A New Kind of First Aid – Helping People who experience mental health problems or crisis
As I was running some errands one day, in the town where I live, I was driving around the side of the grocery store in my van. I saw a young man crossing the parking lot and walking toward the entrance. By now I was driving beside him and to my surprise, he starting yelling and cursing at me, screaming at the top of his lungs, “Were you going to %$#@%$ hit me?”
I didn’t know what to do. In an instant, I could feel the anger and resentment boil up inside me. “I wasn’t going to hit him! I saw him!” I thought about rolling down my window and yelling back. Should I honk my horn at him or just drive away mad? For a moment, I couldn’t think. Then I decided to take a deep breath and try a different approach.
I rolled down my window, gave the young man the most empathetic, apologetic look that I could muster and I said “I am so, so sorry. That must have been so frightening for you. I did see you and I didn’t mean to scare you. Are you ok?”
Instantly, his body language changed. First he looked completely shocked, his jaw dropped and he stood motionless. Then he softened and said “Oh my gosh no, I am so sorry. I am so sorry for screaming at you……. It’s just that I’ve been hit by a car before and…. I am so sorry.”
As he continued to explain I quickly realized that he may have been experiencing some post-traumatic stress due to his accident. We bantered apologies back and forth for a few minutes and then both smiled and wished one another a good day.
I share this story every time I teach Mental Health First Aid Certification. I remind people that mental health problems affect one in three Canadians, so we are likely interacting with people who are struggling every day. This story illustrates a few of the concepts that participants learn in the course. Mental Health First Aid (MHFA) is a powerful act of compassion – caring about others’ pain and using presence and connection can have a profound impact. Mental Health First Aid, like Physical First Aid training is not rocket science. The skills are easy for anyone to learn…and just like physical first aid…it can save lives.
I teach participants to recognize signs and symptoms of mental illness in four areas: mood disorders, anxiety, addiction and substance abuse and psychotic illness. Unlike blocked arteries or broken bones, mental illness is shrouded in stigma. People are reluctant to talk about it and, when confronted with someone in crisis, few know what to do. MHFA allows people to be confident to have that conversation. You don’t have to be a passive bystander, struggling for words or paralyzed by ignorance. By learning some simple skills, you can become a mental health first responder.
Mental Health First Aid, governed by the Mental Health Commission of Canada, is an evidence based, interactive, 12- hour course for ANYONE and no previous mental health experience is necessary. It can benefit teachers, health care professionals, emergency service workers, human resource professionals, employers, managers and supervisors, parents, community groups and the public.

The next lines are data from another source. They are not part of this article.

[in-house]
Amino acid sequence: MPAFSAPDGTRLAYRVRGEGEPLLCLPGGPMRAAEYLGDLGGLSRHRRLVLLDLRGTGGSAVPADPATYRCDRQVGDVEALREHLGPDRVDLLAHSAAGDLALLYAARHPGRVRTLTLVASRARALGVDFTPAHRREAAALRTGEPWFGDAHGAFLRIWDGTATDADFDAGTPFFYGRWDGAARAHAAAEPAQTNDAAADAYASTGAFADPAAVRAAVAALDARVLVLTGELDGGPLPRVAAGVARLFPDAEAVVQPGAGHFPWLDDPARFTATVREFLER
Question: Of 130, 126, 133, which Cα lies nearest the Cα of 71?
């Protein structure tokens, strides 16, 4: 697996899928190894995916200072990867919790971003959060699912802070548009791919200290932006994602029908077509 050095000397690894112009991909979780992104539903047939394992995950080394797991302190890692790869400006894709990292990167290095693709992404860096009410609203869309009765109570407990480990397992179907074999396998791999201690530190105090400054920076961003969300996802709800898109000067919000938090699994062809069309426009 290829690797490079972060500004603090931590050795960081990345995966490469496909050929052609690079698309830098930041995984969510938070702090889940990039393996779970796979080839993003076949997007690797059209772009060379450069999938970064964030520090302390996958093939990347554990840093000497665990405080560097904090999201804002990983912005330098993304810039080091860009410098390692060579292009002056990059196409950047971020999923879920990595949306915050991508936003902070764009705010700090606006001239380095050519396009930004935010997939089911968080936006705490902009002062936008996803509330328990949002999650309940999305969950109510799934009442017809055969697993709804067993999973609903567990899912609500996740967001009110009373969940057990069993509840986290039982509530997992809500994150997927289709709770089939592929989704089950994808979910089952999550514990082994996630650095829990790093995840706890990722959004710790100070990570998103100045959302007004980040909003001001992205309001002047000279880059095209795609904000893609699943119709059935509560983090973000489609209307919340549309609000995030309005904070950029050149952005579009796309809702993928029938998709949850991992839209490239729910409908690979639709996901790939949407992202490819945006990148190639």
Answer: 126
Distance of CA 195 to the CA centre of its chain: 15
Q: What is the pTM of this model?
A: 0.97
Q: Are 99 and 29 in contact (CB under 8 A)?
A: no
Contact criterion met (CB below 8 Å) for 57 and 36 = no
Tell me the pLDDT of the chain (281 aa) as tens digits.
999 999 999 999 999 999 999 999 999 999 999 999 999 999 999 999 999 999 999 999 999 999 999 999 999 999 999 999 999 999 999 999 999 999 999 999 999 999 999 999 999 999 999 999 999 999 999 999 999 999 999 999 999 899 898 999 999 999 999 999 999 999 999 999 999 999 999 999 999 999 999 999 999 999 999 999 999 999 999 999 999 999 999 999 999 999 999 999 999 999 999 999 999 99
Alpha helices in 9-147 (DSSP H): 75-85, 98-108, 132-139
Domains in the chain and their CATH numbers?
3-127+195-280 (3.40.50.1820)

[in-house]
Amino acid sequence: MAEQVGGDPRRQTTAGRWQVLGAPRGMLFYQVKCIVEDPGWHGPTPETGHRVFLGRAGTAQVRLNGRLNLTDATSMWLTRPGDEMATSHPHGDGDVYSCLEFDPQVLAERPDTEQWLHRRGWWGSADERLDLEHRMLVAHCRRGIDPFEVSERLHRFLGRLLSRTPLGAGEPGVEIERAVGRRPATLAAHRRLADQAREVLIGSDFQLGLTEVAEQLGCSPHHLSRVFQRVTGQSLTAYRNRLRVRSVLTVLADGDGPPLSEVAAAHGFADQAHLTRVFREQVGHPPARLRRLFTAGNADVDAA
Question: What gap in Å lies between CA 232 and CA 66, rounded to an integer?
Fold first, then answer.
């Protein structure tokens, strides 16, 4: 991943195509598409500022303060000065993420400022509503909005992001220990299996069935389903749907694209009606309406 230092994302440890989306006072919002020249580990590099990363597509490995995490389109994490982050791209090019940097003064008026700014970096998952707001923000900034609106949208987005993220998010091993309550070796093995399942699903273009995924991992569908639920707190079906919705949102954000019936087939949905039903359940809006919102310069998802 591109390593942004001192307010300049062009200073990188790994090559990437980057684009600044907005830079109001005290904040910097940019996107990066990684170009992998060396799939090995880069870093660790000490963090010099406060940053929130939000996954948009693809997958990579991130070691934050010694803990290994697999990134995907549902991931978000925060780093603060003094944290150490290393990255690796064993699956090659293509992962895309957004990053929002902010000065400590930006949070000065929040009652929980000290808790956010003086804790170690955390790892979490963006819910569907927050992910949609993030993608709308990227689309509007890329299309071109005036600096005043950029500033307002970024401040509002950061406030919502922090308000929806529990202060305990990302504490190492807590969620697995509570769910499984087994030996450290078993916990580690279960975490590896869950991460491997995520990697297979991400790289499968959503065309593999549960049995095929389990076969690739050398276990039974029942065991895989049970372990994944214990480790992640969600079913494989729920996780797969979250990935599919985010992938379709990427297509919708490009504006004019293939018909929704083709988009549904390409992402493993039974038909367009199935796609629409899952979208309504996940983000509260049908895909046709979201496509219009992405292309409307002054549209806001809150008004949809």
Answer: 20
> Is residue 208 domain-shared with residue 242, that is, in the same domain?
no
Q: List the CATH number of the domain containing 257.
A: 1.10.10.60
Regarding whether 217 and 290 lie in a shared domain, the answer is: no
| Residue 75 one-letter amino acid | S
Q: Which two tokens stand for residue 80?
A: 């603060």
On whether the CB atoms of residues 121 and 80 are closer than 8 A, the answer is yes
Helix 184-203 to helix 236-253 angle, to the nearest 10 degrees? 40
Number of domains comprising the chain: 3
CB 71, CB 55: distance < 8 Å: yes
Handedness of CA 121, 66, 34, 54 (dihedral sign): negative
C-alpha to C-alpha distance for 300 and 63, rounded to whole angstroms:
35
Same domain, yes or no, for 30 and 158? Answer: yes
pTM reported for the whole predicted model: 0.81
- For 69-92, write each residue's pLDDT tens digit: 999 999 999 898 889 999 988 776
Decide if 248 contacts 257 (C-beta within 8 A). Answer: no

In fact, over 200,000 people in Canada have been certified since 2011. The course is now taught in 23 countries around the world. Not only is MHFA catching on and gaining momentum nationally and globally, it’s catching on right here in our own backyard. Since January 2014, I have provided almost 50 training sessions and certified over 800 participants. Most of these events have taken place right here in Muskoka. Here’s what fellow Muskokan’s are saying about the course:
“WOW – incredible. By far the most valuable course I have taken in my lifetime. I am so grateful for the opportunity to have experienced this.”
“Truly inspiring and worth all the time. Thank you! Great work!”
“I feel much more able and confident to respond to mental health issues that may arise at school or within the community.”
Just as a first aid kit doesn’t replace doctors and hospitals; MHFA isn’t a substitute for professional mental health care. While physical first aid provides training on strains, fractures and bleeding, mental health focusses on things like panic attacks, psychotic episodes and acute stress reactions.
Today, in Canada, mental illness is the leading cause of disability. The disease burden of mental illness is 1.5 times that of all cancers combined. Mental illness can cut a person’s life expectancy by 10-20 years. Tragically, we lose 11 people every day in Canada due to suicide. We lose our children, our friends, our brothers and sisters, our neighbors and our colleagues. The economic burden of mental illness in Canada is estimated to be 51 billion dollars every year. We can no longer afford to just idly stand by.
I believe Mental Health First Aid can make a difference. I believe that if we were all trained we could turn the tides together. As humans, we are built to fear that which we do not understand. Fear leads to avoidance. Avoidance leads to stigma. People fear those with mental illness and addiction because as a society we do not have a good understanding of them. Mental Health First Aid provides an understanding….and the skills - so that we can BE understanding. Human connection reduces fear…and that’s why MHFA works!
What are you waiting for? Join us and become certified!
Upcoming Courses in Muskoka:
10/8/2016 02:13:15 am
Where abouts is your workshop?
10/11/2016 08:57:29 am
Thank you for your interest Rebecca. This Fall, most of my events are in Bracebridge although I also have a public event scheduled in Parry Sound and Orillia. Click here to see the full list of events and locations: http://www.suzannewittfoley.com/upcoming-events.html
1/9/2017 05:21:23 am
They explored the qualities that motivate and enable someone to stop and help a person in distress – and just weeks after the session, Anmol overcame the bystander effect to help that elderly man.
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